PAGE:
Deep learning for predicting refractive error from retinal fundus images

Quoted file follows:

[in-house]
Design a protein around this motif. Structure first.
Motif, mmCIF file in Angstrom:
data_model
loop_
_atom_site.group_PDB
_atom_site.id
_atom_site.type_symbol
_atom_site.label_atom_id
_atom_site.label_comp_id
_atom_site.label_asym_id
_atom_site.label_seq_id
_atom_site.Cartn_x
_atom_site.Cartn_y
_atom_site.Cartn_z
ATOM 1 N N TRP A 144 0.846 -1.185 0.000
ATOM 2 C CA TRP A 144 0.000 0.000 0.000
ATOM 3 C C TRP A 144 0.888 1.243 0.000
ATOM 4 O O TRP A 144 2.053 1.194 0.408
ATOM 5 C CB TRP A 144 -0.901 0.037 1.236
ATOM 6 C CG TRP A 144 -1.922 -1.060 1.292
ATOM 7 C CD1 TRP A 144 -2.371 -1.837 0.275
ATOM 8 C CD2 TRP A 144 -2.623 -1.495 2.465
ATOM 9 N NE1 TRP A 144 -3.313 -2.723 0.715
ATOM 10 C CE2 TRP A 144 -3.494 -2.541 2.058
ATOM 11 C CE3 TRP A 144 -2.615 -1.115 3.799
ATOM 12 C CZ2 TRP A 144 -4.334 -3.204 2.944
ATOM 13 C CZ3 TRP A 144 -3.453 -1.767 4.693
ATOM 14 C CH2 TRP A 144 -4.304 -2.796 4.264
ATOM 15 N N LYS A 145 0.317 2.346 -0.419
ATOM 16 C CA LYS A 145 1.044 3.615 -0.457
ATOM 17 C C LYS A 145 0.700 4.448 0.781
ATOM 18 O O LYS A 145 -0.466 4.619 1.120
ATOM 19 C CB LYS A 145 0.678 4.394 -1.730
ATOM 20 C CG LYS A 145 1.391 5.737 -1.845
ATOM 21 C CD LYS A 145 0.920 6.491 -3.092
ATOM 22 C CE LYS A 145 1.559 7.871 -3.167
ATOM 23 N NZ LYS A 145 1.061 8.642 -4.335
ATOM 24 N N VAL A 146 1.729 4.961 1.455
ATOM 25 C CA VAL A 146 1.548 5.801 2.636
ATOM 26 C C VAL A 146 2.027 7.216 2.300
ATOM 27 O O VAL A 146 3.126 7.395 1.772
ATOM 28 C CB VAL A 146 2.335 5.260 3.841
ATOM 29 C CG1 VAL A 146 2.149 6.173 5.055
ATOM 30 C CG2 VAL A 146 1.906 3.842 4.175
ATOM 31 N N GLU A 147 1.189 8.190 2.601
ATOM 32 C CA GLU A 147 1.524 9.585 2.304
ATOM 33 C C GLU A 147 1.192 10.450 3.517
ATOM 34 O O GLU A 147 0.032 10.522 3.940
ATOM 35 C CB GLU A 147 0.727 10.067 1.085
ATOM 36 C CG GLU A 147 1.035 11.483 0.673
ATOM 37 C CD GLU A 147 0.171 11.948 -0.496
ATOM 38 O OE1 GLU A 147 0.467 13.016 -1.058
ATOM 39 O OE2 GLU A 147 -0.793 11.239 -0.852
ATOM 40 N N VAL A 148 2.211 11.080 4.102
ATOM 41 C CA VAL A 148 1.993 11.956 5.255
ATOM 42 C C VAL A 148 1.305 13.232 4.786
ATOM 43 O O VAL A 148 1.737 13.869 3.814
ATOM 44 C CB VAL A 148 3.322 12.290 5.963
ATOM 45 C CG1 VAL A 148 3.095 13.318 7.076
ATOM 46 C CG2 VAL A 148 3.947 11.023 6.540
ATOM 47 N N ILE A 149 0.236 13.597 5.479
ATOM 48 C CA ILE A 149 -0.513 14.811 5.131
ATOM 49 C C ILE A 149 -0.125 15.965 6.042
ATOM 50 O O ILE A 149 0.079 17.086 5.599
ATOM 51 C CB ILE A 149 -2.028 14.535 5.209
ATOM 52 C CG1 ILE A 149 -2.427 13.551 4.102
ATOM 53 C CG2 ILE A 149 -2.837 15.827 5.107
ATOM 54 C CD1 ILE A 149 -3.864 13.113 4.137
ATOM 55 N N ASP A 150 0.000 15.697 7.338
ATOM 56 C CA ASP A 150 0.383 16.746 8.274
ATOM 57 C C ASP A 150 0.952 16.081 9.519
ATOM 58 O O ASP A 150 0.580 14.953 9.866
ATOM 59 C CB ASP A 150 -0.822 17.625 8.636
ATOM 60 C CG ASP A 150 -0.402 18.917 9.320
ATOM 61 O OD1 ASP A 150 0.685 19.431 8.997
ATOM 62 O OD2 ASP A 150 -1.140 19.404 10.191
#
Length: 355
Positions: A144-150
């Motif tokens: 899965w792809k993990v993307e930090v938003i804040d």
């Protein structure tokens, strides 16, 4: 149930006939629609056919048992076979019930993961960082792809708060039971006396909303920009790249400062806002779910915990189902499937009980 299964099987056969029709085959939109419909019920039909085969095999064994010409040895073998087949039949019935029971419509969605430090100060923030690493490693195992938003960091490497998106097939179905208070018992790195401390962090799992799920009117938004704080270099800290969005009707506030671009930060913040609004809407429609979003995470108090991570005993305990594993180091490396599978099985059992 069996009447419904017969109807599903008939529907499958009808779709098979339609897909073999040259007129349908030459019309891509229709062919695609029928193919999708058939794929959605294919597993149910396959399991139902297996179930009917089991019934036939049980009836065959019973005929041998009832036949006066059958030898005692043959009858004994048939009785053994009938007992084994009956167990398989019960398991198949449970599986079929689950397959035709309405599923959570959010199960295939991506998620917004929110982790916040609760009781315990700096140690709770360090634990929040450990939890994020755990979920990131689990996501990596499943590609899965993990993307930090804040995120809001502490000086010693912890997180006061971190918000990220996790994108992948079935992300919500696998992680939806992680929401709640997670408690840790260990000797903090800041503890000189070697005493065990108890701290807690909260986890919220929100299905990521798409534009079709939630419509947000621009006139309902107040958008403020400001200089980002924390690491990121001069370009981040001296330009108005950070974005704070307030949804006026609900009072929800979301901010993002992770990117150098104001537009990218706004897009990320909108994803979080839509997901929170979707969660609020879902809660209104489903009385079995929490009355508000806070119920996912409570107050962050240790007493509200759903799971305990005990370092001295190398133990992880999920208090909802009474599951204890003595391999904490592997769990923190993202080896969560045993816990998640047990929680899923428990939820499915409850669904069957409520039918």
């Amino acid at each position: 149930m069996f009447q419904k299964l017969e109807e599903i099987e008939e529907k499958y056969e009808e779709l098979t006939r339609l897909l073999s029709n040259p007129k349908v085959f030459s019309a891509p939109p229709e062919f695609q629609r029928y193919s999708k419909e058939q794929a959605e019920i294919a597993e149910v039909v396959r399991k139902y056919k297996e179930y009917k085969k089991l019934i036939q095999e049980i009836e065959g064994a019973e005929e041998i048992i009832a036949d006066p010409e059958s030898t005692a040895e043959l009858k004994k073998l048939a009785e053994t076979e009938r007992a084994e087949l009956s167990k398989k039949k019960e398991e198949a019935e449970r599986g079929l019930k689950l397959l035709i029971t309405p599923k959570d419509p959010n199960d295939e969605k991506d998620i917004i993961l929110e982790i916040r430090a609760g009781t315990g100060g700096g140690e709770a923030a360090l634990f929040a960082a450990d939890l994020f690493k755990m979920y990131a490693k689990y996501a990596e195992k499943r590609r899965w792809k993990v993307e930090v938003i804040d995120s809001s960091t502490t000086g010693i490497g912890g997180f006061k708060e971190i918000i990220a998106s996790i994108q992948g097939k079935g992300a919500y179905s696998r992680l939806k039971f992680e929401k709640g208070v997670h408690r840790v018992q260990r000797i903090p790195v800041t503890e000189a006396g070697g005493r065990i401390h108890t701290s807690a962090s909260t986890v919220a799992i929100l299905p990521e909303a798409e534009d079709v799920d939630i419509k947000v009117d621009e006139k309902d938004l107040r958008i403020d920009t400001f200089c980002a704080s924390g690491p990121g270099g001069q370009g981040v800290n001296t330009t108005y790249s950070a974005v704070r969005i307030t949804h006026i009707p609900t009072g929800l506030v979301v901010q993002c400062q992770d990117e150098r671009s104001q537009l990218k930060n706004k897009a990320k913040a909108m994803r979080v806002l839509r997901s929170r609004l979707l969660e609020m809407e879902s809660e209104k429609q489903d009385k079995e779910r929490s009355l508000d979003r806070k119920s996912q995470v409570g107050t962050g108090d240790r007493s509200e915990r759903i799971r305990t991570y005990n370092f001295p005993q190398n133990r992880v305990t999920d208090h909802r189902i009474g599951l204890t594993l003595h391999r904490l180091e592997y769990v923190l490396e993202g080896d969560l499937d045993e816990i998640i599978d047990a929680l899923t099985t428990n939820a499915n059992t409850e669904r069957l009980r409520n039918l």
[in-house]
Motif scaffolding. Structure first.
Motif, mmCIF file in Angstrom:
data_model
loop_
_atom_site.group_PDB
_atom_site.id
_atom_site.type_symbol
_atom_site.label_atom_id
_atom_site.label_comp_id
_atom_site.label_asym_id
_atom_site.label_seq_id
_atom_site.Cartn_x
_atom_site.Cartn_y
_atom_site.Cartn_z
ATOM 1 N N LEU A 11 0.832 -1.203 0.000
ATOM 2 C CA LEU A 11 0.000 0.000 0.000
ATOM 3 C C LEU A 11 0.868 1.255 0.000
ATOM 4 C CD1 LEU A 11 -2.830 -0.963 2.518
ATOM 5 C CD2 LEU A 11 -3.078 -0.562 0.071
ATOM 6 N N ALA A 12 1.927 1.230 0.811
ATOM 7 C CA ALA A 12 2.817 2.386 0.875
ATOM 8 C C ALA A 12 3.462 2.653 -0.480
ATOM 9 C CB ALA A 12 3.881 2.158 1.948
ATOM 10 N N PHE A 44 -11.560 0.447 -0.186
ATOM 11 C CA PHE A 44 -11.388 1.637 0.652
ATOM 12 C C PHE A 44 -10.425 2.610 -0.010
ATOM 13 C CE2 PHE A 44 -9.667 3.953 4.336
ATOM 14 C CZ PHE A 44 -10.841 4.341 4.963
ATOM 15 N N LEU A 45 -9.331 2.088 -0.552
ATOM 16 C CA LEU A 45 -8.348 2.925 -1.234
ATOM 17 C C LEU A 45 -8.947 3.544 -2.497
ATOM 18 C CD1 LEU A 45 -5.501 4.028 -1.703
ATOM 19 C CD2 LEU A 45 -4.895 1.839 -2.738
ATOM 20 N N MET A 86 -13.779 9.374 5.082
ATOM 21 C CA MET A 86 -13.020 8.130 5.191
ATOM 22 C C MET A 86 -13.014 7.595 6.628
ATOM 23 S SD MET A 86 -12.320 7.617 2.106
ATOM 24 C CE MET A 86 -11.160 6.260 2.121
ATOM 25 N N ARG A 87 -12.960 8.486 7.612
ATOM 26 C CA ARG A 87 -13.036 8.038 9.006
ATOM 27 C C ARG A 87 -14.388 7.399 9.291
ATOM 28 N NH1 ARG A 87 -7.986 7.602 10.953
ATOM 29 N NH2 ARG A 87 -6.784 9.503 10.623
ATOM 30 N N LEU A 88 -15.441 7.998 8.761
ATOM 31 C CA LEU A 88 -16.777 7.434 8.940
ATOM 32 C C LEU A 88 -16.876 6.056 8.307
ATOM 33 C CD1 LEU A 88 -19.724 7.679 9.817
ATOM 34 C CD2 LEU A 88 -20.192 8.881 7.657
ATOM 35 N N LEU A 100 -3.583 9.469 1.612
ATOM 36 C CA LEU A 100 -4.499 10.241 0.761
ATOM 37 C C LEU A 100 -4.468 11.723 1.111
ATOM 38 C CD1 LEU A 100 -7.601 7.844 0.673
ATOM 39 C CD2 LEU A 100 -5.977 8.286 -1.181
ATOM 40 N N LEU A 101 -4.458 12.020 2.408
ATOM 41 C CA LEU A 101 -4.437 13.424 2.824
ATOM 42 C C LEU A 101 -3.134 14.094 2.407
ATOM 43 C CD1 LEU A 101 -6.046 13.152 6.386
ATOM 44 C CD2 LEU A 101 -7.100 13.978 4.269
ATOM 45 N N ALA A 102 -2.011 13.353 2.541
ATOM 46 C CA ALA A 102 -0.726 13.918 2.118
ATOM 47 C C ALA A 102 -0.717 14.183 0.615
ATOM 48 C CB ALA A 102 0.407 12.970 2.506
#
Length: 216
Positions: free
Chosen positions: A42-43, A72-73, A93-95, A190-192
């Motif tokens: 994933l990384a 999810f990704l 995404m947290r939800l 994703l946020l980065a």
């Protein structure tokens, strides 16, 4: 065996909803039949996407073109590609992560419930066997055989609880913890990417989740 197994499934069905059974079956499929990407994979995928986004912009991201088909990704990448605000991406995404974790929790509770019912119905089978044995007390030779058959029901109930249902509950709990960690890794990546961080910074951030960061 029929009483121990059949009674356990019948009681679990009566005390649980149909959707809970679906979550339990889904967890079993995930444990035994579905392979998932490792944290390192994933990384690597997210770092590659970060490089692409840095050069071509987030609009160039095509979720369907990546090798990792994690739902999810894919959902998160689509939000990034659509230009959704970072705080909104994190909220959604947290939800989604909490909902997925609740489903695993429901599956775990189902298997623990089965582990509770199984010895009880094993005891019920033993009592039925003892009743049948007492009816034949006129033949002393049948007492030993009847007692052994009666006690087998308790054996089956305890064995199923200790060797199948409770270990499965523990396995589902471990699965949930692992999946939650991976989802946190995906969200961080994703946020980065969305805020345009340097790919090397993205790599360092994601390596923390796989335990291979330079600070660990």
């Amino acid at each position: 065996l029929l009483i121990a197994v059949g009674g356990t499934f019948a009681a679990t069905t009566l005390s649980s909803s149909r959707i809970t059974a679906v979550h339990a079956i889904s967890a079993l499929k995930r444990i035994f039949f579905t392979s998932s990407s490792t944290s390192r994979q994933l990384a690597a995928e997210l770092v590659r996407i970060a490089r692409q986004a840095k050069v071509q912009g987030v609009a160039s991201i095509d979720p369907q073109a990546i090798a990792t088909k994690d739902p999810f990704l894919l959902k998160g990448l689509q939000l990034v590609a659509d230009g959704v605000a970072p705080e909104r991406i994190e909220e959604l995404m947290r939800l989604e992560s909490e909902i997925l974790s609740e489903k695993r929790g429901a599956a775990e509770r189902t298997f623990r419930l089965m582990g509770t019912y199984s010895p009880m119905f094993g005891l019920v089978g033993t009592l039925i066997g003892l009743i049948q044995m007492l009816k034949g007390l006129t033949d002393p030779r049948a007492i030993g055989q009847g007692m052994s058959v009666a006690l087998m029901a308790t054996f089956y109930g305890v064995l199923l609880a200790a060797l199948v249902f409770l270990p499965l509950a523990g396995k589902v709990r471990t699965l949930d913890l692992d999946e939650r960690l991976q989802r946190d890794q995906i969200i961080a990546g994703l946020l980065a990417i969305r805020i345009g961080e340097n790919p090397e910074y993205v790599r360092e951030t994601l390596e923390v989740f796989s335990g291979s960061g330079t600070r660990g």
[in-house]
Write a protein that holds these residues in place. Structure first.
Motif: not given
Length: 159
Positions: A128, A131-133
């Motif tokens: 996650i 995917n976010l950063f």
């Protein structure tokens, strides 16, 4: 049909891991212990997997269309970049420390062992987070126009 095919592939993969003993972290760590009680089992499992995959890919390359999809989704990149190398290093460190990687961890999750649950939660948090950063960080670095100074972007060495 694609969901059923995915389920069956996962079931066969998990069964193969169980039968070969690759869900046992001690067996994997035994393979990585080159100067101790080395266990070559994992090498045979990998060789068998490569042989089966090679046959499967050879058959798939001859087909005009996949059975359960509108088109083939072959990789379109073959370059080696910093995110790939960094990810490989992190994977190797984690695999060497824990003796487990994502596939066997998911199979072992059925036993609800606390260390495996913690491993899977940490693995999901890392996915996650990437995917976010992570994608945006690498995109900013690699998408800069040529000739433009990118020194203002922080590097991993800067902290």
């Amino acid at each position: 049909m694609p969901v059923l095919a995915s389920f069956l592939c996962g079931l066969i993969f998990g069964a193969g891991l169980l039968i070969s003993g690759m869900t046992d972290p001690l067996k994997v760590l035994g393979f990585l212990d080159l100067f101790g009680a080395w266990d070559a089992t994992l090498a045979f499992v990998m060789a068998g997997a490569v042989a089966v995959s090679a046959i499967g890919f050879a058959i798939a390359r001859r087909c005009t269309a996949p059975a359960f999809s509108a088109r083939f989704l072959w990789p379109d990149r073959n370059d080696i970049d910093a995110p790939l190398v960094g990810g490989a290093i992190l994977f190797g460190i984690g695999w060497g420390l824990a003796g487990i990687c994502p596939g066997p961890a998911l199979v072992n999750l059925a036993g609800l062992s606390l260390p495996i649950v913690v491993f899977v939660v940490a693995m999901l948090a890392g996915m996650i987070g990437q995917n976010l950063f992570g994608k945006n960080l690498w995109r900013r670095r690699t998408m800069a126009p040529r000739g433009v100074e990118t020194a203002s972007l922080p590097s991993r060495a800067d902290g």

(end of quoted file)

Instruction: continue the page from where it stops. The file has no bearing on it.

Refractive error, one of the leading cause of visual impairment, can be corrected by simple interventions like prescribing eyeglasses. We trained a deep learning algorithm to predict refractive error from the fundus photographs from participants in the UK Biobank cohort, which were 45 degree field of view images and the AREDS clinical trial, which contained 30 degree field of view images... Our model use the "attention" method to identify features that are correlated with refractive error. Mean absolute error (MAE) of the algorithm's prediction compared to the refractive error obtained in the AREDS and UK Biobank. The resulting algorithm had a MAE of 0.56 diopters (95% CI: 0.55-0.56) for estimating spherical equivalent on the UK Biobank dataset and 0.91 diopters (95% CI: 0.89-0.92) for the AREDS dataset. The baseline expected MAE (obtained by simply predicting the mean of this population) was 1.81 diopters (95% CI: 1.79-1.84) for UK Biobank and 1.63 (95% CI: 1.60-1.67) for AREDS. Attention maps suggested that the foveal region was one of the most important areas used by the algorithm to make this prediction, though other regions also contribute to the prediction. The ability to estimate refractive error with high accuracy from retinal fundus photos has not been previously known and demonstrates that deep learning can be applied to make novel predictions from medical images. Given that several groups have recently shown that it is feasible to obtain retinal fundus photos using mobile phones and inexpensive attachments, this work may be particularly relevant in regions of the world where autorefractors may not be readily available. read more

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